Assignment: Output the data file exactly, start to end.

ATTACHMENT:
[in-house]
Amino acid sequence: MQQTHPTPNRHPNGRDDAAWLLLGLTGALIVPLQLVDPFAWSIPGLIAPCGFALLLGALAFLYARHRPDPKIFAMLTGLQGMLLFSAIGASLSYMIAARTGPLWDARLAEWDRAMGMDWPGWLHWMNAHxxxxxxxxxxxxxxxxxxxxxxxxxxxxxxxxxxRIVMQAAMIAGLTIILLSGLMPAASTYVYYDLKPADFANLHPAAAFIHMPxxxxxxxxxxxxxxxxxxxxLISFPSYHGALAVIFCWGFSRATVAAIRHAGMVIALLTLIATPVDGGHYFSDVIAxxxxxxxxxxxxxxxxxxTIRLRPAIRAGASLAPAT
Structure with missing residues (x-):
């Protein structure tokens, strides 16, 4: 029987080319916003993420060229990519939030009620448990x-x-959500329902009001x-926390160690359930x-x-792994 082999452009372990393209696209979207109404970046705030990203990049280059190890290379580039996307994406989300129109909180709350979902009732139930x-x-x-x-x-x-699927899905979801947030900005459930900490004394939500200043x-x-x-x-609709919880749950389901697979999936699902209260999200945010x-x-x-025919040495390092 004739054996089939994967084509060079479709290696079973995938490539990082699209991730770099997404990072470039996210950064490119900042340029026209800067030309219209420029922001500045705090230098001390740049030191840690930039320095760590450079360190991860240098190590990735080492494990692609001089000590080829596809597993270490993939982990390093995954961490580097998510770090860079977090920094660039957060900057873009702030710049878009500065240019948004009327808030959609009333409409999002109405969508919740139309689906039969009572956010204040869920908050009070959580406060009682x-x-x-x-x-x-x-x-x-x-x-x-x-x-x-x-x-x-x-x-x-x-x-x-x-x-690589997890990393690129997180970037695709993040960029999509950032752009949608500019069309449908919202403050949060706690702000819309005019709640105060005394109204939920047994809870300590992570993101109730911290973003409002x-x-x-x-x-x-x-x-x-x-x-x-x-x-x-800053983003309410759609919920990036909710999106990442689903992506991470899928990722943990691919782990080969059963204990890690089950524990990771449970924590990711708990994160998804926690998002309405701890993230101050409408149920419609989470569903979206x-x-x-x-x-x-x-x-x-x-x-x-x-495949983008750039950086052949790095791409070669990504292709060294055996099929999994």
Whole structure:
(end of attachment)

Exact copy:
[in-house]
Amino acid sequence: MQQTHPTPNRHPNGRDDAAWLLLGLTGALIVPLQLVDPFAWSIPGLIAPCGFALLLGALAFLYARHRPDPKIFAMLTGLQGMLLFSAIGASLSYMIAARTGPLWDARLAEWDRAMGMDWPGWLHWMNAHxxxxxxxxxxxxxxxxxxxxxxxxxxxxxxxxxxRIVMQAAMIAGLTIILLSGLMPAASTYVYYDLKPADFANLHPAAAFIHMPxxxxxxxxxxxxxxxxxxxxLISFPSYHGALAVIFCWGFSRATVAAIRHAGMVIALLTLIATPVDGGHYFSDVIAxxxxxxxxxxxxxxxxxxTIRLRPAIRAGASLAPAT
Structure with missing residues (x-):
């Protein structure tokens, strides 16, 4: 029987080319916003993420060229990519939030009620448990x-x-959500329902009001x-926390160690359930x-x-792994 082999452009372990393209696209979207109404970046705030990203990049280059190890290379580039996307994406989300129109909180709350979902009732139930x-x-x-x-x-x-699927899905979801947030900005459930900490004394939500200043x-x-x-x-609709919880749950389901697979999936699902209260999200945010x-x-x-025919040495390092 004739054996089939994967084509060079479709290696079973995938490539990082699209991730770099997404990072470039996210950064490119900042340029026209800067030309219209420029922001500045705090230098001390740049030191840690930039320095760590450079360190991860240098190590990735080492494990692609001089000590080829596809597993270490993939982990390093995954961490580097998510770090860079977090920094660039957060900057873009702030710049878009500065240019948004009327808030959609009333409409999002109405969508919740139309689906039969009572956010204040869920908050009070959580406060009682x-x-x-x-x-x-x-x-x-x-x-x-x-x-x-x-x-x-x-x-x-x-x-x-x-x-690589997890990393690129997180970037695709993040960029999509950032752009949608500019069309449908919202403050949060706690702000819309005019709640105060005394109204939920047994809870300590992570993101109730911290973003409002x-x-x-x-x-x-x-x-x-x-x-x-x-x-x-800053983003309410759609919920990036909710999106990442689903992506991470899928990722943990691919782990080969059963204990890690089950524990990771449970924590990711708990994160998804926690998002309405701890993230101050409408149920419609989470569903979206x-x-x-x-x-x-x-x-x-x-x-x-x-495949983008750039950086052949790095791409070669990504292709060294055996099929999994």
Whole structure: